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Binge Feeding Promotes Appetite via Modulating Olfactory Flavor Representation


Authors: Hung Lo, Malinda L.S. Tantirigama, Anke Schoenherr, Laura Moreno-Velasquez, Lukas Faiss, Benjamin R. Rost, Matthew E. Larkum, Benjamin Judkewitz, Katharina Stumpenhorst, Marion Rivalan, York Winter, Dietmar Schmitz, Friedrich W. Johenning
Publication: bioRxiv
Date: October 17, 2023
Link to article: https://www.biorxiv.org/content/10.1101/2023.10.17.562714v1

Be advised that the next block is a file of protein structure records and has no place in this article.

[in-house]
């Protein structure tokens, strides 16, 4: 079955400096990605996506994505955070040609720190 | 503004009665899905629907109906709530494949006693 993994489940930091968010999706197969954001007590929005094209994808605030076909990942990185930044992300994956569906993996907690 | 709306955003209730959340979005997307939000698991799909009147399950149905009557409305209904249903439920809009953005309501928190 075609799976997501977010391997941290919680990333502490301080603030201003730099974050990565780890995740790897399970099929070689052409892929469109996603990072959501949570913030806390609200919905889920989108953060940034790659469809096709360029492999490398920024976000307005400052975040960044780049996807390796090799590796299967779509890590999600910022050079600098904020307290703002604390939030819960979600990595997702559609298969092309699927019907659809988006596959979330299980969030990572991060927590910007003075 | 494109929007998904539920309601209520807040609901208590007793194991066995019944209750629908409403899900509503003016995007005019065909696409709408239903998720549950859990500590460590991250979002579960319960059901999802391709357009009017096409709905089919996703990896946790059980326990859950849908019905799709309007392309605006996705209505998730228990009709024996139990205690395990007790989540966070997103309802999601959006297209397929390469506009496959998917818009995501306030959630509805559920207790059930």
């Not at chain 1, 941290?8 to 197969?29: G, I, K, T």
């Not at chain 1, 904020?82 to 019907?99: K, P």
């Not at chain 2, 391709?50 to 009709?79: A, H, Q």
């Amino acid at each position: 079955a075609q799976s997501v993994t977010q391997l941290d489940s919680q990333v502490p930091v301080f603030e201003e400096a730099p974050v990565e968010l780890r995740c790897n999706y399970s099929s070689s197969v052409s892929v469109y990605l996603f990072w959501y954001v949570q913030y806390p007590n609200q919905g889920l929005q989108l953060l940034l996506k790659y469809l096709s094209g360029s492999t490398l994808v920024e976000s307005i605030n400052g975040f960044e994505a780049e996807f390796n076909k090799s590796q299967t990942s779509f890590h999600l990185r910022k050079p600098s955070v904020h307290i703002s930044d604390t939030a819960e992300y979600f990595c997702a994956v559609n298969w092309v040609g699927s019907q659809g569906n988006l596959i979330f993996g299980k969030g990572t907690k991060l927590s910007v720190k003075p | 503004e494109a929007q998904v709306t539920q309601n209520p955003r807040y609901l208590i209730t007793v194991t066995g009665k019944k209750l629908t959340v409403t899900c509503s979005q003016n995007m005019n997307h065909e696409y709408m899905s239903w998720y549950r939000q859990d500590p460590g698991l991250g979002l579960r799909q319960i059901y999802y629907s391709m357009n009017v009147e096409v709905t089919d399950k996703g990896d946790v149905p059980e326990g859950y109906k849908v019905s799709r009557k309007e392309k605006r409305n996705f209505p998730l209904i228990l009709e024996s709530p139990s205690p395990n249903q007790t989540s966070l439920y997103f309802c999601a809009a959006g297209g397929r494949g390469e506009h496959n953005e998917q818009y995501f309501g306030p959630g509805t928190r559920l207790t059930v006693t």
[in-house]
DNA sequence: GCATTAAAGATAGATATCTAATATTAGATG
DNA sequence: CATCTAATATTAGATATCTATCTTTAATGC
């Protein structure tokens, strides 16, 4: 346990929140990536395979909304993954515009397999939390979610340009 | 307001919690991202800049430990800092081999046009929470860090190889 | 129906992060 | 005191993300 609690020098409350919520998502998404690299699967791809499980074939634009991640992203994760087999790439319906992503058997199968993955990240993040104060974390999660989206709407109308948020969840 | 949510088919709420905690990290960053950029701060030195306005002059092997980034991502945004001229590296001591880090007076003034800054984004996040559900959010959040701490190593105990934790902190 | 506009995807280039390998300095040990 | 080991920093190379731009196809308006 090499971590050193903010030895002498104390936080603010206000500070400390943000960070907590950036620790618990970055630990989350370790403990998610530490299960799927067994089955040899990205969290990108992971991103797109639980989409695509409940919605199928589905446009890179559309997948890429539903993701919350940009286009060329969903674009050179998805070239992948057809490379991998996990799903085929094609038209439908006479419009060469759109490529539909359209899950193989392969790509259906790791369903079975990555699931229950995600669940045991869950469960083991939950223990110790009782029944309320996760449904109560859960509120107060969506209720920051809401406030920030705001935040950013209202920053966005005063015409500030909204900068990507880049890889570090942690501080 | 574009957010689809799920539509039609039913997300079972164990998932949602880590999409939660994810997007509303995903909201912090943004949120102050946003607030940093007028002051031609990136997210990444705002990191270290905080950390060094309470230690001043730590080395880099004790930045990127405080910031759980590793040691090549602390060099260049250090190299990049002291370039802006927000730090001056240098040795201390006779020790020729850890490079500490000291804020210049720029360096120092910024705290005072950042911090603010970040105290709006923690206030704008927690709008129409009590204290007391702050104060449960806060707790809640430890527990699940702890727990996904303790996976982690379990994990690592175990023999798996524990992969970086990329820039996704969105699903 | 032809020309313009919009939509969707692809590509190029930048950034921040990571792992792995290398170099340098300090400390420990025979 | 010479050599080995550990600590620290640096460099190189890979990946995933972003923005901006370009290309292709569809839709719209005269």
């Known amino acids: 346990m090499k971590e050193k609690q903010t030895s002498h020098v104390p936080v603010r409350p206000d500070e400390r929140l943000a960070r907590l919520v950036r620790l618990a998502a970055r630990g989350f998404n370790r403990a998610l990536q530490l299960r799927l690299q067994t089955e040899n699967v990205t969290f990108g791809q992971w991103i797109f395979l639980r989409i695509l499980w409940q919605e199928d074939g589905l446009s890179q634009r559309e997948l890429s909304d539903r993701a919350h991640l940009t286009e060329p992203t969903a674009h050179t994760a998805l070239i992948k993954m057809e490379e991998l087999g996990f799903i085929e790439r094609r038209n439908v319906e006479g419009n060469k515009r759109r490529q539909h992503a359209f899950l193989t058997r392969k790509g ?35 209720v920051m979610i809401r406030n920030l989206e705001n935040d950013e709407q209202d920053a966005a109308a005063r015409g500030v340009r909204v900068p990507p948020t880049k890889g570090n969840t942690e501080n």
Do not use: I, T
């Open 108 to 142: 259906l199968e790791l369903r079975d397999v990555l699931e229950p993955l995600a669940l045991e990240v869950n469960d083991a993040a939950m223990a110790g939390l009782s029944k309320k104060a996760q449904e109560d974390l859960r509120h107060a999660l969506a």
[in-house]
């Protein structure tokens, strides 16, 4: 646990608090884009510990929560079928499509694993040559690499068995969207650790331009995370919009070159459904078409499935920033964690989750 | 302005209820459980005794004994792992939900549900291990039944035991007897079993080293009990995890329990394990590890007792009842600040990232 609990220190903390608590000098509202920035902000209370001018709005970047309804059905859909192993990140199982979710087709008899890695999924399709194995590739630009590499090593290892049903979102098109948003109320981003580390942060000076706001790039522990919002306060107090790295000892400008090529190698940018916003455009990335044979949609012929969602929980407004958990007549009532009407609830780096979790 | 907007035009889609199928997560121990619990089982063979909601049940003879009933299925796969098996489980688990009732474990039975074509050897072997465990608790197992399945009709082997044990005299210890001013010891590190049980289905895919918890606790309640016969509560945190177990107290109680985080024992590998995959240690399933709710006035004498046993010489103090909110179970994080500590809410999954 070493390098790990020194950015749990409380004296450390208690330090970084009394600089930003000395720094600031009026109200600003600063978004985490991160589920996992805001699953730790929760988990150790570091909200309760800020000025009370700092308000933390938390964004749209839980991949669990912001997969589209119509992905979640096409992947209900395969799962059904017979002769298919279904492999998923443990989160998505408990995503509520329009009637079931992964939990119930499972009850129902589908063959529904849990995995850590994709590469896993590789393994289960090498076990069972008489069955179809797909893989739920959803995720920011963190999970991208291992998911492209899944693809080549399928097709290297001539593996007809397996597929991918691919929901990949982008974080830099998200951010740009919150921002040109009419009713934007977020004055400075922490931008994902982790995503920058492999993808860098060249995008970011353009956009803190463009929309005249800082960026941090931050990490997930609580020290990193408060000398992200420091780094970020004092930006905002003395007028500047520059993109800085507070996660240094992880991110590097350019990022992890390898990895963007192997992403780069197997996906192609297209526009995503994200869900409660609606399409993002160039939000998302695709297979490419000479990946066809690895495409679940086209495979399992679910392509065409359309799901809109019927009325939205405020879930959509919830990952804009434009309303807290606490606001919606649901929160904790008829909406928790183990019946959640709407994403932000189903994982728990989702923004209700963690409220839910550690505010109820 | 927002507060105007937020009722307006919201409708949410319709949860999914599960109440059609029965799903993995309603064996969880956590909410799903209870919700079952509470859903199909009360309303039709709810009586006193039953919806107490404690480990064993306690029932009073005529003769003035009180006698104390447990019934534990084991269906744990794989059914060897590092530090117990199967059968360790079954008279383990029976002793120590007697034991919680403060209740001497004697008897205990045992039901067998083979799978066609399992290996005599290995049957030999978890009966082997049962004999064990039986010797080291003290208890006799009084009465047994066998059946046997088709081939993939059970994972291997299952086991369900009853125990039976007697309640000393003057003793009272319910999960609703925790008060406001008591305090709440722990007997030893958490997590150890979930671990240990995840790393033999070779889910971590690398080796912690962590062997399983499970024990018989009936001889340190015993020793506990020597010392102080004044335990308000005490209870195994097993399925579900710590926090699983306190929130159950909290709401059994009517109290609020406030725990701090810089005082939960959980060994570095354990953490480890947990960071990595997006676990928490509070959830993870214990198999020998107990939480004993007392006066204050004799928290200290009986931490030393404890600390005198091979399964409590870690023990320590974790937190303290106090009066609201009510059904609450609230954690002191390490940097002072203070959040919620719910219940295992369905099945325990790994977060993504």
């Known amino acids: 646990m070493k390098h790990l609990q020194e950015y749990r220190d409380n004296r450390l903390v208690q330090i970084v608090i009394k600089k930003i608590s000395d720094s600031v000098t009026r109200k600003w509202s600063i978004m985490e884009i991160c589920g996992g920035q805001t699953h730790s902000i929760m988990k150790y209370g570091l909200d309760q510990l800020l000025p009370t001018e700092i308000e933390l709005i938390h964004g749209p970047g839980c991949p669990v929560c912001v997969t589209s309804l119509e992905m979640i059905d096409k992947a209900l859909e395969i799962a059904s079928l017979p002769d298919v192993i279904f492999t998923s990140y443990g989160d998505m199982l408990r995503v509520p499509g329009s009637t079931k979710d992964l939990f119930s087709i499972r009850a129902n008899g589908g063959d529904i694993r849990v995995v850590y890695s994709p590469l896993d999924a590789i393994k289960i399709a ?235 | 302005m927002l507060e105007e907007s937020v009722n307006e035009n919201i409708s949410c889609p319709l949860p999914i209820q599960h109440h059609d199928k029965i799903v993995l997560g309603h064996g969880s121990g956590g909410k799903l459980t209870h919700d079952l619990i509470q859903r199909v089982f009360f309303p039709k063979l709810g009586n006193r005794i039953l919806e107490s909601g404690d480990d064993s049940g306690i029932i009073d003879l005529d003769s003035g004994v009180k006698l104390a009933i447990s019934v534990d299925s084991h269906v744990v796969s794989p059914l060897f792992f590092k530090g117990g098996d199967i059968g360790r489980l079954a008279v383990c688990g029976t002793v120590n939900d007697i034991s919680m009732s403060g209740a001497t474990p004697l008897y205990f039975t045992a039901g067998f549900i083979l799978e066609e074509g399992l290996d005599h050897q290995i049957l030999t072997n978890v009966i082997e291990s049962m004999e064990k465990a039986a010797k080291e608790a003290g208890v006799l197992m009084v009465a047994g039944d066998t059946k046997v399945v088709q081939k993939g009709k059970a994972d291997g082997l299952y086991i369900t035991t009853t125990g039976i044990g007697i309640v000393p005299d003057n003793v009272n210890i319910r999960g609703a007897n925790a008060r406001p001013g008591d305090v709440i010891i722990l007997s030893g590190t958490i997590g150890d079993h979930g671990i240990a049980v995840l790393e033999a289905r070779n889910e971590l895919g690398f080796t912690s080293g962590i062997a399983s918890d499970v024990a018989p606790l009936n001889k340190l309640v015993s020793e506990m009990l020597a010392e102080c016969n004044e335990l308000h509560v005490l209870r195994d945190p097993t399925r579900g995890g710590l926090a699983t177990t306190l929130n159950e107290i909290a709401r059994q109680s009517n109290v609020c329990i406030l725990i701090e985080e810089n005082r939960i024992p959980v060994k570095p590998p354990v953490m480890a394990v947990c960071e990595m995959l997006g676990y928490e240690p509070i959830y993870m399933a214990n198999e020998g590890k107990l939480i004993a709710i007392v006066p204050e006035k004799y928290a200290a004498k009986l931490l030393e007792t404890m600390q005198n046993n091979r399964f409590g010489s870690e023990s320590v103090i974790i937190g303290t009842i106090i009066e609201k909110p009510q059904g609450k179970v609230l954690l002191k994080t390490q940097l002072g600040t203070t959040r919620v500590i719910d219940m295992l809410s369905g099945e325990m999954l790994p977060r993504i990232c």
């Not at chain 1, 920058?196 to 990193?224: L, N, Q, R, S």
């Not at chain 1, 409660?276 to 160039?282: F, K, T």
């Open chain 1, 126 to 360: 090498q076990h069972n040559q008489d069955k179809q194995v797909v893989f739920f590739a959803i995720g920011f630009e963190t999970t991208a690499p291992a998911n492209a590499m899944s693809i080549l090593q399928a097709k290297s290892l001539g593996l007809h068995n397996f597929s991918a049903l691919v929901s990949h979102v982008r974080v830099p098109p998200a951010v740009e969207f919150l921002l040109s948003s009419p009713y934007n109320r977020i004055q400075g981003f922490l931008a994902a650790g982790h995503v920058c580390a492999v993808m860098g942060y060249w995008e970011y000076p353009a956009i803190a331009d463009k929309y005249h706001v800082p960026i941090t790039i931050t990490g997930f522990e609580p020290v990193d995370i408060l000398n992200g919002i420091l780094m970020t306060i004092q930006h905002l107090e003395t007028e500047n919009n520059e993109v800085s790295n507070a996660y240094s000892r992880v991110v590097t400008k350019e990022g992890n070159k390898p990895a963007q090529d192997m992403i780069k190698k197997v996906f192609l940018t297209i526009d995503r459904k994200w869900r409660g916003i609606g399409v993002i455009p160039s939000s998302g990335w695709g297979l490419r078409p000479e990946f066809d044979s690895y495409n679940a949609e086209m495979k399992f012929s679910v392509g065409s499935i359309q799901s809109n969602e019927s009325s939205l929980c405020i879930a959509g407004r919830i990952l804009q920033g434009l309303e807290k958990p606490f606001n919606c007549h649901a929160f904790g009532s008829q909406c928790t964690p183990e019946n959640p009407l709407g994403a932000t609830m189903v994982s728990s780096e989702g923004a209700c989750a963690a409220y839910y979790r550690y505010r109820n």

Binge eating commonly leads to overeating, but the exact mechanism is unclear. While it is known that experiencing flavor contributes to satiety, the interactions between flavor, feeding rate, and food intake remain unknown. Here, we demonstrate a novel feeding rate-dependent feedback loop between olfactory flavor representation in the anterior olfactory (piriform) cortex (aPC) and food intake. We developed a liquid food delivery system that allows food consumption at different feeding rates. Using miniscopes for in vivo calcium imaging in freely foraging mice, we identified specific excitatory neuronal responses to food and water during slow feeding. Switching to binge feeding transformed these specific responses into unspecific global suppression of neuronal activity. In the gustatory cortex and the olfactory bulb, we observed similarities in flavor representation during binge and slow feeding. Food consumption was predicted by the degree of suppression of neuronal activity in the aPC during binge feeding. Also, food deprivation enhanced neuronal activity suppression. We confirmed the hypothesis that aPC suppression promotes food intake with closed-loop optogenetics experiments. Together, our results show that olfactory sensory representation in the aPC reciprocally interacts with consummatory behavior to enhance food intake.

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